The Coincidence:  With a location decided upon and photographing the moon set the goal, I set out early in the morning.  The convenient coincidence is the path of the Palouse River.  Though the river snakes it way through the scene, one might assume it continues to snake in a similar manner below the bottom of the frame, especially with how the river bends.  However, the path of the river that comes in from the lower left hand side is only there during the early spring run-off.  I revisited previous photos I had taken in Summer and found that portion of the river is indeed dry, all but for a tiny pool.  The river actually runs in from the left side of the frame and makes a 90 degree turn, resulting in the meandering seen here.

Needless to say, I was pleased with the outcome, especially learning of the coincidence of the river flow aiding my pre-planned photographic idea.

Palouse River Moonset, Spring

Technical Details:  This photograph is the result of nine different exposures but 12 total files.  Three of the darkest exposures taken were further decreased by -2 exposure compensation in ACR.  The resulting 12 files were stitched, of which each image was a combination of four images (three HDR images of four files each were used) to capture highlight and shadow detail (4×3).  In short, it is a multi-stitch panorama HDR image.  The resulting stitch worked best as a 4×5 aspect ratio instead of 2×3; I had too much overlap on my panorama images.

Winter Dawn from Steptoe

The past 10 days has seen winter’s reemergence in the Palouse. Snow first led to a meeting among myself, Peyton Hale, and Grant Meyer. Our destination was Steptoe; our hope was the fog seen along the highway would have breaks, kindly giving us fantastic conditions. Fortunately the weather cooperated for us stingy photographers and provided a wonderful dawn. Here are three photos from that morning.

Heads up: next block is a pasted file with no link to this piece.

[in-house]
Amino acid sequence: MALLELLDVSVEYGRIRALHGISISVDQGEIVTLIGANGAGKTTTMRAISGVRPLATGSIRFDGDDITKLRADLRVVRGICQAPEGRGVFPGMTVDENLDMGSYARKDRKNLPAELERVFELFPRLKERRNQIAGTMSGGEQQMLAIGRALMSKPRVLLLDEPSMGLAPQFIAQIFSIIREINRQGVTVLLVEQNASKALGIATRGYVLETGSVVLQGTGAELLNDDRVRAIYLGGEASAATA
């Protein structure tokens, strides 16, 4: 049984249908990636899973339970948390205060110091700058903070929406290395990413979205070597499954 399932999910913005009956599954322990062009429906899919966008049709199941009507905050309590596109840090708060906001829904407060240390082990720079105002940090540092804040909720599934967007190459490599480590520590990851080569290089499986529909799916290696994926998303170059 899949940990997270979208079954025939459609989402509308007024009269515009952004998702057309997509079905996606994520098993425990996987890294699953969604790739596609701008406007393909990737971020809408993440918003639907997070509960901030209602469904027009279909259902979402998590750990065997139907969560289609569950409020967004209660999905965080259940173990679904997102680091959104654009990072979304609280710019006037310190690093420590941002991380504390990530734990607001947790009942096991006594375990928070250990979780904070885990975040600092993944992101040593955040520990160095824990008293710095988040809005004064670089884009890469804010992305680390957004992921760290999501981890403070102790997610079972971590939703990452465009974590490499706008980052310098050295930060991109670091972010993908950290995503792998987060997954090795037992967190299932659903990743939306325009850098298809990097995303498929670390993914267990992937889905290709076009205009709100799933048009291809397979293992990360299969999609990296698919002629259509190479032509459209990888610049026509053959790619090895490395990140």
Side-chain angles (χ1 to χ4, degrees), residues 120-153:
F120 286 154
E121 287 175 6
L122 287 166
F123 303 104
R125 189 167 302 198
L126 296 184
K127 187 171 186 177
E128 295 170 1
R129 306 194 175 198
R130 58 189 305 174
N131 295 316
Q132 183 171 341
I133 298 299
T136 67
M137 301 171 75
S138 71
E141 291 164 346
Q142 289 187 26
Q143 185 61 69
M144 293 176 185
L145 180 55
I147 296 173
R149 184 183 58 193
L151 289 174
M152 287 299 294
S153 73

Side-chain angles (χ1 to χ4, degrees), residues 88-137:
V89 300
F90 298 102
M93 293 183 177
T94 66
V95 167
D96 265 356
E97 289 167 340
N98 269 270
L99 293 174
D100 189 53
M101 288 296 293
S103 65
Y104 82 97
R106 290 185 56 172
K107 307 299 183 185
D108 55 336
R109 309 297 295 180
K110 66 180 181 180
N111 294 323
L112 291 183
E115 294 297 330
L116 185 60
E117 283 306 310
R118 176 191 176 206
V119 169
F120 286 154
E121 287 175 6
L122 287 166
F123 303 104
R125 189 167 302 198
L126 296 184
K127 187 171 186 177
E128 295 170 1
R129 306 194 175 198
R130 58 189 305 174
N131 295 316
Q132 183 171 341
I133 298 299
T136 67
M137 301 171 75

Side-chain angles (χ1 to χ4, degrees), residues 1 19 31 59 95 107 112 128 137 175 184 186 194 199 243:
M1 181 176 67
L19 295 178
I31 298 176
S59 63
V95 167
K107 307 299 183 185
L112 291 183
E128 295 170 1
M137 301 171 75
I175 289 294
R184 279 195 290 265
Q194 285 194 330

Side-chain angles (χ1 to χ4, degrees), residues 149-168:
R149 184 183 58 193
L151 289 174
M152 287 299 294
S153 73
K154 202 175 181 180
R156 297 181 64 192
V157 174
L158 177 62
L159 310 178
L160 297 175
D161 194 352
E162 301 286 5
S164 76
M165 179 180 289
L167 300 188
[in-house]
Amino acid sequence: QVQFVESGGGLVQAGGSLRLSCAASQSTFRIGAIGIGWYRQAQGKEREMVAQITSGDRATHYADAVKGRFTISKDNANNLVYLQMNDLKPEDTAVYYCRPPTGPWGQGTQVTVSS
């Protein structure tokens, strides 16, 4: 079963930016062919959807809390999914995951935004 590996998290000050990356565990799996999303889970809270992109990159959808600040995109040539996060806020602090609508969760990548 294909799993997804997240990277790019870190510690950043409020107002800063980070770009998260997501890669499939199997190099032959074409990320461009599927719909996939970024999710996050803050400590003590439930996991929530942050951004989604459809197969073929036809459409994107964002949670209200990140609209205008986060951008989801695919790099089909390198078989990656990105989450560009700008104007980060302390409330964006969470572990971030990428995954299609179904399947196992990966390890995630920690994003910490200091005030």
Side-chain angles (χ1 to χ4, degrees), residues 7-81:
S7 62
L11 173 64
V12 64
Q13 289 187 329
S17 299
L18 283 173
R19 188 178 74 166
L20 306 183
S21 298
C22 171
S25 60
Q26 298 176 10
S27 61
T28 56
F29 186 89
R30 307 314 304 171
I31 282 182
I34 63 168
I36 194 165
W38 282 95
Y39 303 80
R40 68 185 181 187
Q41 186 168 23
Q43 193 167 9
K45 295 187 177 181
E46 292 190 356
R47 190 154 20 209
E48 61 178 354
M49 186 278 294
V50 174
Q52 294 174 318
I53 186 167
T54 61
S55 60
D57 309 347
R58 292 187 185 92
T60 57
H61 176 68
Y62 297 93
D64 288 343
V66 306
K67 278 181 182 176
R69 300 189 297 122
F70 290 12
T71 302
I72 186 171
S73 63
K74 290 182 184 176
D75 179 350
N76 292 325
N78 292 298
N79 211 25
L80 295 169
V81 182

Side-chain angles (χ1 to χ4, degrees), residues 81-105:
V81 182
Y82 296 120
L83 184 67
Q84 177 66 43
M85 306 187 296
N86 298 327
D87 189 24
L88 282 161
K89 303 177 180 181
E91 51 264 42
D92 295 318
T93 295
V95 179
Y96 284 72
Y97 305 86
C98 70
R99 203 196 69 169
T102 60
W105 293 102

Photos and Details:

(1) Shot with 70-200 + 1.4 extender and cropped after further consideration. Tekoa Mountain is visible in the distance just above the fog.

Snowy Hillside and Fog

(2) Two shot (landscape) panorama stitched in Photoshop. This was shot before sunrise, providing very soft, low contrast light.

Foggy Dawn from Steptoe, Winter

(3) My favorite image. Three shot (portrait) panorama stitched in Photoshop. No filtration used. The earth shadow was quite strong and complimented the receding fog and snow covered hills. I find a three shot portrait-oriented panorama crops very well to the native 2:3 aspect ratio of my camera.

Twilight Arch and Fog over Wintry Palouse

January Sunset Show

The 4th of January was my first photographic jaunt of the new year.  The weather seemed photogenic most of the day so I decided to drive around in the afternoon and stay out for sunset.  Unfortunately clouds stultified the sunlight as I went out but I could see a wide enough gap between cloud and horizon toward the west.  I continued driving a route I had many times before with little hope of sunlight breaking through the clouds.  I decided, despite the slight wind, to head up to the windmills north of Steptoe and await the sunset.  I was definitely rewarded and had about 15 minutes of exceptional light to capture from my high vantage point.  I kept a 400mm lens on to isolate the farmland as well as possible.  These two photos are my favorite.  (No filtration was used; I had to desaturate some colors since they were so strong.)

Warm and Cool Sunset Light

Sunset Light over Kamiak Butte